Perspectives

Now is the Time to Adopt Digital Mortgage Technology

Henry CasonRaising the bar for a better mortgage experience

As the Amazons and Ubers of the world continue to raise the bar for "consumer-grade" experiences, homebuyers have made it clear that it's also time for the home purchasing and mortgage processes to change. Although the mortgage process is extremely complex and heavily regulated, digital experiences in other businesses have increased the demand for digital resources to speed up the onerous mortgage process. Lenders recognize this demand, citing consumer-facing technology as their top priority. Unsurprisingly, homebuyers also crave a human touch as they navigate this very personal and significant life decision.

How should lenders prioritize digital investments?

The choice of which digital investments to pursue is critical at a time when lenders also cite cost-cutting as a top priority, so we asked about 3,000 recent homebuyers, via our National Housing Survey®, to tell us which aspects of the mortgage process would benefit most from digitization, and which areas are best supported with a human touch.

Above all, borrowers want less paperwork. Gathering the necessary financial information to apply and get approved for a loan was cited as the most difficult part of process by far. This is especially true for those over the age of 45 or those who have purchased more than one home in their lifetime. Ideally, these homebuyers would like to see the application and pre-approval processes digitized as well. When asked what they thought of a fully digital mortgage process, where all steps could be completed online, most said they would be "somewhat" or "very" interested.

Borrower views on how to make the mortgage process easier

Borrower interest in a fully digital mortgage process

The majority of homebuyers said they’d like to see the mortgage process, from application to close, completed in one month. That's 5 days less than the current median process, which takes about 35 days. 

Maintaining a personal touch

While younger and higher-income borrowers tend to prefer digitization more frequently than others, they still prefer interpersonal interaction for the more complex or critical steps of the process, such as reviewing final loan documents and understanding mortgage terms and options, as much as everyone else does.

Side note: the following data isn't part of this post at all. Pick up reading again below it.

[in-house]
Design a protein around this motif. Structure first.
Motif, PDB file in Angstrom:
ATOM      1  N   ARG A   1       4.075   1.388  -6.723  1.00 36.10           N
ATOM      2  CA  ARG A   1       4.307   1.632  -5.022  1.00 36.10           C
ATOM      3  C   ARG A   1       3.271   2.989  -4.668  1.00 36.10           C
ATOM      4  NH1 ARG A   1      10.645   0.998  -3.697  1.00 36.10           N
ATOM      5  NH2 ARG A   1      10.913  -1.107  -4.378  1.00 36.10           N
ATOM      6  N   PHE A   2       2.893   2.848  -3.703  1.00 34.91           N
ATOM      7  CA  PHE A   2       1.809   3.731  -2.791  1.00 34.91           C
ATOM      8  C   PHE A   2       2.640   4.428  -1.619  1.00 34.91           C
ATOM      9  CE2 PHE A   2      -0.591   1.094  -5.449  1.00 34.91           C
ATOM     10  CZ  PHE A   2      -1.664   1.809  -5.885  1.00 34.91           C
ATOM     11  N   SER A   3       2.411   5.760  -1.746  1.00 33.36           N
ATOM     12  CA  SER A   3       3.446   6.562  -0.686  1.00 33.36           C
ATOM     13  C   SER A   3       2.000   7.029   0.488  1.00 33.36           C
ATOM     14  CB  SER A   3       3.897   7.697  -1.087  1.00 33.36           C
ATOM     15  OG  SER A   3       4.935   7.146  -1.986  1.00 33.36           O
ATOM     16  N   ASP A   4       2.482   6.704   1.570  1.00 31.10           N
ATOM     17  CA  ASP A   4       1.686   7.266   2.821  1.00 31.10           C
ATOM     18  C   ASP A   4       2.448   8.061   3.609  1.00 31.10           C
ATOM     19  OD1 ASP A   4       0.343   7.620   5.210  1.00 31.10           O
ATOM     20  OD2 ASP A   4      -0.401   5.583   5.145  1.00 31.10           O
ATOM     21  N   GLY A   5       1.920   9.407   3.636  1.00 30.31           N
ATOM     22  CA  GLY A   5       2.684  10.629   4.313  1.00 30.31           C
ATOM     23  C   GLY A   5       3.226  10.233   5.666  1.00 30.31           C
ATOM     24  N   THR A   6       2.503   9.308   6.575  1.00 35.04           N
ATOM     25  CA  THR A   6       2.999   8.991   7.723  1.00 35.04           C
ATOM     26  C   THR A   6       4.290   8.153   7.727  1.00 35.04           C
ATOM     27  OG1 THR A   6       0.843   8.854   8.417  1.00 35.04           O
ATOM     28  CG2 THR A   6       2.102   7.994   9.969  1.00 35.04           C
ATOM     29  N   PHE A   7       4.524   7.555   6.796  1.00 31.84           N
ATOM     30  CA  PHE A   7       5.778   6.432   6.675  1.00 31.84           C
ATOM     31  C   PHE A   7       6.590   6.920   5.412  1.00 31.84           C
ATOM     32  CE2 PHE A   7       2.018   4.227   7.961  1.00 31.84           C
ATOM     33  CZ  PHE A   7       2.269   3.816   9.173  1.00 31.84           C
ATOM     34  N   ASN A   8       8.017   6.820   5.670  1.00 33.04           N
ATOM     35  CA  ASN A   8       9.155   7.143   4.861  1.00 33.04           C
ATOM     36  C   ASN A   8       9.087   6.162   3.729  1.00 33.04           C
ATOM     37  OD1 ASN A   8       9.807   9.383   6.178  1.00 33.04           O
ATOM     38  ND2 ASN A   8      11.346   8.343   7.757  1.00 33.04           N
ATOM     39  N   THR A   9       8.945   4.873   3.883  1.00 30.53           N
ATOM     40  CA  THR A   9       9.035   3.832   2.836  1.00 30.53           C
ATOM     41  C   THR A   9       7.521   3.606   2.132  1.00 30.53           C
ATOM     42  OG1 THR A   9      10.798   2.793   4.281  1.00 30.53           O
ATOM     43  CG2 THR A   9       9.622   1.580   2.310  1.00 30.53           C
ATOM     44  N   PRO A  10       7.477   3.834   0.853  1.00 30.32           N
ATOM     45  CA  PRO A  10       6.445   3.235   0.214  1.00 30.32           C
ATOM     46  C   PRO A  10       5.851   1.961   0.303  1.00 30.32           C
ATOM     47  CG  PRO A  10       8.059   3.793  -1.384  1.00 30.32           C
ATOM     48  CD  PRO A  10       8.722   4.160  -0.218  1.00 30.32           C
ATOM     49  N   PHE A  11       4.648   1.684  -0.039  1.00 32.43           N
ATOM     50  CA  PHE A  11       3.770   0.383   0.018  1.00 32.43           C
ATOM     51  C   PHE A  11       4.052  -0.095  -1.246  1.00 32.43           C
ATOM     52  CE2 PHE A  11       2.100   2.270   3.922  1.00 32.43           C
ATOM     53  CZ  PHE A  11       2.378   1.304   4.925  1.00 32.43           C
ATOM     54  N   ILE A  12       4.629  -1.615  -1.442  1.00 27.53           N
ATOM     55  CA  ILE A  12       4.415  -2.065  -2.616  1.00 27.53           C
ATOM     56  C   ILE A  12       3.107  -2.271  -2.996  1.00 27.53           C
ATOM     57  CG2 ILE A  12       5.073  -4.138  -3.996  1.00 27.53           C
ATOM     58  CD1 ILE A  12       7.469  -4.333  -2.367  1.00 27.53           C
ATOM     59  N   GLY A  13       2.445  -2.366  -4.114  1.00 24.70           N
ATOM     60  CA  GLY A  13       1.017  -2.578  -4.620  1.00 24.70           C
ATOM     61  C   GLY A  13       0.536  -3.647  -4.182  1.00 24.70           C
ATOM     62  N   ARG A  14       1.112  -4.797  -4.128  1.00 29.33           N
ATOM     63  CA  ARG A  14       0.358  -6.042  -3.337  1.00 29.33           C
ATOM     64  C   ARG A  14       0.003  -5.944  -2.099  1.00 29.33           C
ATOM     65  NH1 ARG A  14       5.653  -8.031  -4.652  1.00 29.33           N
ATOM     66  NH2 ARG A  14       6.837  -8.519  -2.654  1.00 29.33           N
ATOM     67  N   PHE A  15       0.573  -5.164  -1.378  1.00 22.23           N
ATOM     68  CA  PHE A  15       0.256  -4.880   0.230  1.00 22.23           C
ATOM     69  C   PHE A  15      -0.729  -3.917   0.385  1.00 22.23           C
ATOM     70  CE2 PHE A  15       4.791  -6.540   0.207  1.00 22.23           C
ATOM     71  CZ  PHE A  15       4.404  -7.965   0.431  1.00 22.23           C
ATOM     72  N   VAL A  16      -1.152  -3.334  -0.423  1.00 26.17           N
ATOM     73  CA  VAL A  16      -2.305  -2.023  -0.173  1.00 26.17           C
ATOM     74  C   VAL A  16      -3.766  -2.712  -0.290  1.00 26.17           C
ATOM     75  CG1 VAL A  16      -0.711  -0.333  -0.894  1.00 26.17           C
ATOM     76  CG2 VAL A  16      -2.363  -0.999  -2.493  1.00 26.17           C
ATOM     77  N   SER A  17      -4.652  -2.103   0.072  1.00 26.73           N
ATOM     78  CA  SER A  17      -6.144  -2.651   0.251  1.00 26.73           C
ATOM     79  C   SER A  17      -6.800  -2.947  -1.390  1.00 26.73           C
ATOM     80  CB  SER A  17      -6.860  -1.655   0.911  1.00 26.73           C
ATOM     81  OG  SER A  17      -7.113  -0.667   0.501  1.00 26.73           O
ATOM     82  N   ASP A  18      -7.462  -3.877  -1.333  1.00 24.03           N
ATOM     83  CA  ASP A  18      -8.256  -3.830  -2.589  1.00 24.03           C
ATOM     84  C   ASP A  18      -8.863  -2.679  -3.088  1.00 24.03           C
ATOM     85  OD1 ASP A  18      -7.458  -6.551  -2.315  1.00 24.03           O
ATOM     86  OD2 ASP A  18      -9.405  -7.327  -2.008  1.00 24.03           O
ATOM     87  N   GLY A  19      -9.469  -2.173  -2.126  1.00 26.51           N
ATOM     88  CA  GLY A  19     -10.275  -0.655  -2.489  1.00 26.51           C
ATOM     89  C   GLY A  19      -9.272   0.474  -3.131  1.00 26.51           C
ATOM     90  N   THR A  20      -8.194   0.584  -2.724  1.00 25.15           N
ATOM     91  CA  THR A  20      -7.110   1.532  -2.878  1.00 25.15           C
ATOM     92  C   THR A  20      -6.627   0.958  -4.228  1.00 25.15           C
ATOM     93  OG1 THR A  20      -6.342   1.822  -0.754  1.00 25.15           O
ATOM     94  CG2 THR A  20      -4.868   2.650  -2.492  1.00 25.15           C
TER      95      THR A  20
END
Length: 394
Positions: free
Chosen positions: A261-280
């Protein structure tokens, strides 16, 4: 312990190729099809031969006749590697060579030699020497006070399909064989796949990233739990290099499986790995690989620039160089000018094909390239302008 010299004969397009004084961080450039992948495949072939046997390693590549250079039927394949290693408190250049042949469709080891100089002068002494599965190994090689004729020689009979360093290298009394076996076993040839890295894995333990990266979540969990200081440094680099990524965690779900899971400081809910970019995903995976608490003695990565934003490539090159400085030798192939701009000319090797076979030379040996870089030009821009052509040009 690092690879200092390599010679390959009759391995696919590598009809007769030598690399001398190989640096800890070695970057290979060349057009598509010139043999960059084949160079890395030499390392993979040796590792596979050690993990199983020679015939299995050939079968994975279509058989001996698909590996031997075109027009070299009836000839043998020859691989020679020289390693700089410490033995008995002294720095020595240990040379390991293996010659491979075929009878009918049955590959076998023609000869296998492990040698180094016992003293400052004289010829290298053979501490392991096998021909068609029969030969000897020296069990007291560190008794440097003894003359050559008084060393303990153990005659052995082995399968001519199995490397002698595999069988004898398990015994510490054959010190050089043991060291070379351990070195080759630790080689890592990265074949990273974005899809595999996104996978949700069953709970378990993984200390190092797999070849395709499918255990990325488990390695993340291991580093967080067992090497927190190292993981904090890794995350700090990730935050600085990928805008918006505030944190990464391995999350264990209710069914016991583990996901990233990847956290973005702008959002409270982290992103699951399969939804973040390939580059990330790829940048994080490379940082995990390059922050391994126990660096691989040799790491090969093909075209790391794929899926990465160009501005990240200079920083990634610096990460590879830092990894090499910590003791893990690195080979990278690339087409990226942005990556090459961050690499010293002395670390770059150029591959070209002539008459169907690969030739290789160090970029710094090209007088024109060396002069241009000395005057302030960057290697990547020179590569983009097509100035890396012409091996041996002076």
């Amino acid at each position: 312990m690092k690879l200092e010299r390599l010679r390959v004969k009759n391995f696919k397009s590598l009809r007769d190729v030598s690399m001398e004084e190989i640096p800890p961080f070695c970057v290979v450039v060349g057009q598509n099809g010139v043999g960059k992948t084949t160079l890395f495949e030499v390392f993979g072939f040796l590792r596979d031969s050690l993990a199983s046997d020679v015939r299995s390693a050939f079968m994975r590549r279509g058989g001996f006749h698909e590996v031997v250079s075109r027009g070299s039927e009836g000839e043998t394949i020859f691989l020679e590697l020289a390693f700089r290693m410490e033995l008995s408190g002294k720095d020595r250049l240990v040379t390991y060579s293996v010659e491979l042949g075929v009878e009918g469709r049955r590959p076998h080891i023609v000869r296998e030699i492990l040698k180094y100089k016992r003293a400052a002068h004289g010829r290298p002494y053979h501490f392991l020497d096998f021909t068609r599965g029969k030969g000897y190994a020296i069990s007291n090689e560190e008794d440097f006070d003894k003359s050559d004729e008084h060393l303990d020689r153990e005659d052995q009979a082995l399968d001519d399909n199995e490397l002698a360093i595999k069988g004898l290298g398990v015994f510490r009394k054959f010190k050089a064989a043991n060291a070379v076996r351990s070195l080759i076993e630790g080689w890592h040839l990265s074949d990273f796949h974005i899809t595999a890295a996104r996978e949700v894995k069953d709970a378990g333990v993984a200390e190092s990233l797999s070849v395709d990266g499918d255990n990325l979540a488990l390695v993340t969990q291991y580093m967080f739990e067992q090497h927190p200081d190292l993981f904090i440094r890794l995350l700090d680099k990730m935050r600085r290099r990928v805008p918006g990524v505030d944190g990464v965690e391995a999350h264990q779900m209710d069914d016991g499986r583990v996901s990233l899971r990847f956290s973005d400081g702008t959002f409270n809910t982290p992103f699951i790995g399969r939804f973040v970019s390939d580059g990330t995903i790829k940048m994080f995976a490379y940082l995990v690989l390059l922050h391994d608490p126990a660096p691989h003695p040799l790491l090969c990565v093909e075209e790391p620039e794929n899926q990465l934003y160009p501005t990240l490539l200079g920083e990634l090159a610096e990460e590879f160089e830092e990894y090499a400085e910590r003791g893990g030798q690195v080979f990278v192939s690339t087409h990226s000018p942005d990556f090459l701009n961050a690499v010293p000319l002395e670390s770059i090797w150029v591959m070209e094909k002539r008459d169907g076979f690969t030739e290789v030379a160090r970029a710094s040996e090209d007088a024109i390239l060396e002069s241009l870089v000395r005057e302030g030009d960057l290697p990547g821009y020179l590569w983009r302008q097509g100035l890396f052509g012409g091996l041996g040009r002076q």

Digital channels vs. Person-to-personA digital future

Change in the mortgage industry is accelerating, opening the door for potentially significant impact and value creation for lenders and homebuyers alike. There is good reason to be optimistic about the future.

We are partnering with lenders, large and small, in our product design process, creating a digital experience that will improve the mortgage process. We’ve worked with lenders to leverage digital data from third-party vendors to quickly validate borrowers’ income, assets, and employment data. Through an automated programming interface (API) platform, we’re starting to share pieces of our process with lenders, so they can quickly access what they need. We’ve reduced the application to delivery cycle time by 7 days with a goal to reduce it to just 10 days.

There’s much more work to do, and we look forward to continued partnership with our customers as we design, create, and adopt technology with the potential to transform the digital mortgage space.

Henry Cason
SVP and Head of Digital Products, Single-Family Mortgage Business

August 28, 2018

Henry Cason is the head of Digital Products for Fannie Mae's Single-Family business. He integrates business and technology to help lenders deliver the digital consumer-quality experiences we’ve all come to expect in our everyday lives. 

Opinions, analyses, estimates, forecasts and other views of Fannie Mae's Economic & Strategic Research (ESR) Group or of survey respondents reflected in this commentary should not be construed as indicating Fannie Mae's business prospects or expected results, are based on a number of assumptions, and are subject to change without notice. How this information affects Fannie Mae will depend on many factors. Although the ESR group bases its opinions, analyses, estimates, forecasts and other views on information it considers reliable, it does not guarantee that the information provided in this commentary is accurate, current or suitable for any particular purpose. Changes in the assumptions or the information underlying these views could produce materially different results. The analyses, opinions, estimates, forecasts and other views published by the ESR group represent the views of that group as of the date indicated and do not necessarily represent the views of Fannie Mae or its management.